ApplicationContext ctx = new ClassPathXmlApplicationContext(
Performer performer = (Performer) ctx.getBean("duke");

In the above, when are the beans instantiated, when the ApplicationContext is created or when the getBean() is called?

8 Answers 8


Assuming the bean is a singleton, and isn't configured for lazy initialisation, then it's created when the context is started up. getBean() just fishes it out.

Lazy-init beans will only be initialised when first referenced, but this is not the default. Scoped beans (e.g. prototype-scoped) will also only be created when first referenced.

  • If a BeanFactory is used, are the beans lazily loaded?
    – java_geek
    Dec 15, 2010 at 20:00
  • 2
    @java_geek: Well BeanFactory is just an interface, it depends which implementation you use, but generally yes, the same holds for most (if not all) BeanFactory implementations.
    – skaffman
    Dec 15, 2010 at 20:01
  • @ Skaffman : Sorry , I understand that if bean have scope is singleton it will created when new applicantionContext But how to test is it created or no? In prototype I call getBeanDefinitionNames it still appear
    – Adam
    Jul 12, 2017 at 3:38

According to Spring documentation,

The default behavior for ApplicationContext implementations is to eagerly pre-instantiate all singleton beans at startup.

Also, you can set them to load lazily.

  • thats the behavior for singleton beans. but what is the behavior for normal beans
    – java_geek
    Dec 15, 2010 at 19:58
  • 2
    @java_geek: Singletons are normal. they're the default. What's normal for you?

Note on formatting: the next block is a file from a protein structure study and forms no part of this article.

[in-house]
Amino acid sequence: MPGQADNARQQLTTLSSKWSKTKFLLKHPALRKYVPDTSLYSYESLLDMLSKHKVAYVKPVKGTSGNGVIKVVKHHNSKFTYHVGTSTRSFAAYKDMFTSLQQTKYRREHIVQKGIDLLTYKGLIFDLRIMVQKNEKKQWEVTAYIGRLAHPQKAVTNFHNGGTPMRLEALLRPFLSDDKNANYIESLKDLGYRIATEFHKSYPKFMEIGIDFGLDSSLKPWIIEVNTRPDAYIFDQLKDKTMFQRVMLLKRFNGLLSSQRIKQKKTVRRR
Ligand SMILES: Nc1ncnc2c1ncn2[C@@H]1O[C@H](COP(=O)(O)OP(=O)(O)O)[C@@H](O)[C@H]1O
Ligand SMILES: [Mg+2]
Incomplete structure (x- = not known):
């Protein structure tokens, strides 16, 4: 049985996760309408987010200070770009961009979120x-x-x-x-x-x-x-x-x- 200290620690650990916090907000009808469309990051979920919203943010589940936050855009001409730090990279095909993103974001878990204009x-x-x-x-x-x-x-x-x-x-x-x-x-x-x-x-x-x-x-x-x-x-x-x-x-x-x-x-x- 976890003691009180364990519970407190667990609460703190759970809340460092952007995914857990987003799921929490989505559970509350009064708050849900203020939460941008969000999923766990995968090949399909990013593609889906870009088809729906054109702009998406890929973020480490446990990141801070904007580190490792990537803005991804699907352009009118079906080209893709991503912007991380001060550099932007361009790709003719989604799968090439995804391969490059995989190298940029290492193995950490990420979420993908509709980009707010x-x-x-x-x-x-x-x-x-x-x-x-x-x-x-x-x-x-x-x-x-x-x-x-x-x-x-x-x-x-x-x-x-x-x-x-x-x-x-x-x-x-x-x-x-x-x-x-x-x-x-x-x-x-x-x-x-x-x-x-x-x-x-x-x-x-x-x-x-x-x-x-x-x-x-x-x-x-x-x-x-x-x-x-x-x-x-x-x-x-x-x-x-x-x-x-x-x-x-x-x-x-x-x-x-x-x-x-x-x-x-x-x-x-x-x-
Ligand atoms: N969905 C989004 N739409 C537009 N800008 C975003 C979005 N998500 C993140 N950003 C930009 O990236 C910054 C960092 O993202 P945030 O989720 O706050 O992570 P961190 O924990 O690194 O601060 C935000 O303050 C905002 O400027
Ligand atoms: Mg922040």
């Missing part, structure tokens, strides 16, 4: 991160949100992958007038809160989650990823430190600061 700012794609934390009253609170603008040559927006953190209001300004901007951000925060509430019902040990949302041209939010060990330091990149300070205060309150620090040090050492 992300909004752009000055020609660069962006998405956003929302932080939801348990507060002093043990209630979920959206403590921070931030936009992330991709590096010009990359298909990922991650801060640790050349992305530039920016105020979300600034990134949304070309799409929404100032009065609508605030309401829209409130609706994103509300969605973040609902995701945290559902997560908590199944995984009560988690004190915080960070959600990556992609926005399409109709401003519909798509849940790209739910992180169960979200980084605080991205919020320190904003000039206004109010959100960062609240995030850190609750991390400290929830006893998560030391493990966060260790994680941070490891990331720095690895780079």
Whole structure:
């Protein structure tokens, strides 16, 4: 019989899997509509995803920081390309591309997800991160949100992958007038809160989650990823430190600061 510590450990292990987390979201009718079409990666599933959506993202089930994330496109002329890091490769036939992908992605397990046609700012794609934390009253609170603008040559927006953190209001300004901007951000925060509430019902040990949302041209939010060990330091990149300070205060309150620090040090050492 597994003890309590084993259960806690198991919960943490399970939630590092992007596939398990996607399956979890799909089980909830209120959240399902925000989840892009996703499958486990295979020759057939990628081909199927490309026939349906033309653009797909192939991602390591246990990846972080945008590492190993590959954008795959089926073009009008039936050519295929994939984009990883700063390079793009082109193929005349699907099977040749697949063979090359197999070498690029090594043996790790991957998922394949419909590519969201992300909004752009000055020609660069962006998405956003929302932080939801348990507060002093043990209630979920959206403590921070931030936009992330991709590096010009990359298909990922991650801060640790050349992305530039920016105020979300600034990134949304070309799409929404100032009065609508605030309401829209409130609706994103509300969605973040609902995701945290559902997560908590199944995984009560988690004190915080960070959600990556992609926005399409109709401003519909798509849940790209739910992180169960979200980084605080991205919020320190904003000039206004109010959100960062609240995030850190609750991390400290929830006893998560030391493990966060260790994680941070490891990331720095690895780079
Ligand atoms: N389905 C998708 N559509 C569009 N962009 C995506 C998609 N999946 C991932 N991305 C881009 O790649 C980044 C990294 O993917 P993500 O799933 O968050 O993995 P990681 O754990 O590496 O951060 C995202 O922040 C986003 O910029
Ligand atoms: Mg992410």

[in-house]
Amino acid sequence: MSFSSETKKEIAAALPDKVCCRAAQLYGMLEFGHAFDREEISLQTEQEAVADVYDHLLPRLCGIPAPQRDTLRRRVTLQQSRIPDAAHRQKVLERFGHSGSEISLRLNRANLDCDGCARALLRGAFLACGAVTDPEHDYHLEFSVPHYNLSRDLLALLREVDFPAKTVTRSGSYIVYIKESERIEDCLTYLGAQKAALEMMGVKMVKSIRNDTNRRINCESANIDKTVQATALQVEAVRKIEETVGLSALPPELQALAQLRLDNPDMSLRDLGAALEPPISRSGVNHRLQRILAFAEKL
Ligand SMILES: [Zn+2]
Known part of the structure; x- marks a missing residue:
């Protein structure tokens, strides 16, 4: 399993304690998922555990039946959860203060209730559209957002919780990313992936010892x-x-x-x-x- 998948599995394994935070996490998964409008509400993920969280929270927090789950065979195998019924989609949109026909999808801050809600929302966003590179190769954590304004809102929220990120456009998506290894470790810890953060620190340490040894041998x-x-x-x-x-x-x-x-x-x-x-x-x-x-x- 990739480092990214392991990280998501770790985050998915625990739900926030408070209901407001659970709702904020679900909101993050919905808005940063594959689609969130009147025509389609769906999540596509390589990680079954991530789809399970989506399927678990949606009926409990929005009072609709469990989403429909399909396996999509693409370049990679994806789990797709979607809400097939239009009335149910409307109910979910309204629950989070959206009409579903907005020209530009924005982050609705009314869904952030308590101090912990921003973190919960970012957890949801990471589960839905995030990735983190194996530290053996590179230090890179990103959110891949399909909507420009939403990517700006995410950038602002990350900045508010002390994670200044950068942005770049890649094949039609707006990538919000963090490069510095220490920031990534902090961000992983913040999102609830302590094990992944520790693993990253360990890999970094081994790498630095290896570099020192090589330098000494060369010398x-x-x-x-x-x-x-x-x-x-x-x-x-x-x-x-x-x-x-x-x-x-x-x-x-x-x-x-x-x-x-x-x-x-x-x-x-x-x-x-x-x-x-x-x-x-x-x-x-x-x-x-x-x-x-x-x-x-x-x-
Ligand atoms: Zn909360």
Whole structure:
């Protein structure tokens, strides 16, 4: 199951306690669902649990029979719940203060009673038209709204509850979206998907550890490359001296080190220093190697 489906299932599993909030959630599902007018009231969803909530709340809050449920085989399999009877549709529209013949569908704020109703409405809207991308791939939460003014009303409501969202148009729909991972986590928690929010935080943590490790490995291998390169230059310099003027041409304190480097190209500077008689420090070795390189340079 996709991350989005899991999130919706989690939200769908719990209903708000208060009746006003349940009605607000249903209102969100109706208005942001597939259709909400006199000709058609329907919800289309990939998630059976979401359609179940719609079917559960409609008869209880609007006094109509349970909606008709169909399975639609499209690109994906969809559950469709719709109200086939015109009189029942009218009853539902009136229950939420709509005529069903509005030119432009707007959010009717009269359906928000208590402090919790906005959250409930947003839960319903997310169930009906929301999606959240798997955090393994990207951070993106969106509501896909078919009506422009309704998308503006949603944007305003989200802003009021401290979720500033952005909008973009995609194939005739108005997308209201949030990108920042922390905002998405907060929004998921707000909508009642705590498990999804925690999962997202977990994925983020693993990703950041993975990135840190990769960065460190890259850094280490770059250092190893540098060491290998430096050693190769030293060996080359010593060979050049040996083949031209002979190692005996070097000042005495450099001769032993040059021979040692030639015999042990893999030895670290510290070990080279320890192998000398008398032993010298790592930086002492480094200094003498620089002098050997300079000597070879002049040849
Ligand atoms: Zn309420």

– skaffman
    Dec 15, 2010 at 20:02
  • i wanted to know if singleton=false is set for the bean
    – java_geek
    Dec 15, 2010 at 20:06

For reference, see

Here's a brief description of when beans are created:

  • A singleton bean (which is the default scope) that does not have the lazy-init property set to true (default is false) is constructed when the application context is created
  • A singleton bean that does have the lazy-init property set to true is constructed when it is first requested
  • A bean set in any other scope is created when it is first requested (for that scope).
  1. By default, all beans are singletons, so whenever Application context gets created, they are all pre-loaded. If, specifically, any singleton bean has an attribute lazy-init="true" set, it will be lazy-loaded, i.e. it will be instantiated when the getBean method is called for the first time.

  2. For other scopes, beans will be instantiated whenever they are requested.


It depends what is the scope of the bean you are calling with getBean() method. If it is 'Singleton', it is pre-instantiated by the ApplicationContext.

If you are using BeanFactory as an IOC Container, then it uses lazy initialization and the beans will be instantiated only when you call the getBean() method.

This is an advantage of ApplicationContext over BeanFactory that it solves Circular Dependency problem.

  • Hi @Shubham I am a beginner to spring. I wanted to know that if a bean is prototype scoped then it gets instantiated only when getBean will be called right. I observe singleton gets created even though we don't use getBean?
    – krr
    Jul 13, 2022 at 4:00

By default, Spring ApplicationContext eagerly creates and initializes all ‘singleton scoped‘ beans during application startup itself. ApplicationContext makes the bean available in BeanFactory. getBean() returns the instance of the bean.


By default it's created when the context is started up but the order depends on dependencies. If we have the following classes :

public  class A{


public class B{
    A a;


Class A will be created before class B because class B depends on class A.


Basically, when you run ApplicationContext, it automatically creates all the Annotated beans and makes ready them to use for you.

If you don't need some of them, you can annotate them with @Lazy and they will not instantiated when you run the application

Your Answer

By clicking “Post Your Answer”, you agree to our terms of service and acknowledge you have read our privacy policy.

Not the answer you're looking for? Browse other questions tagged or ask your own question.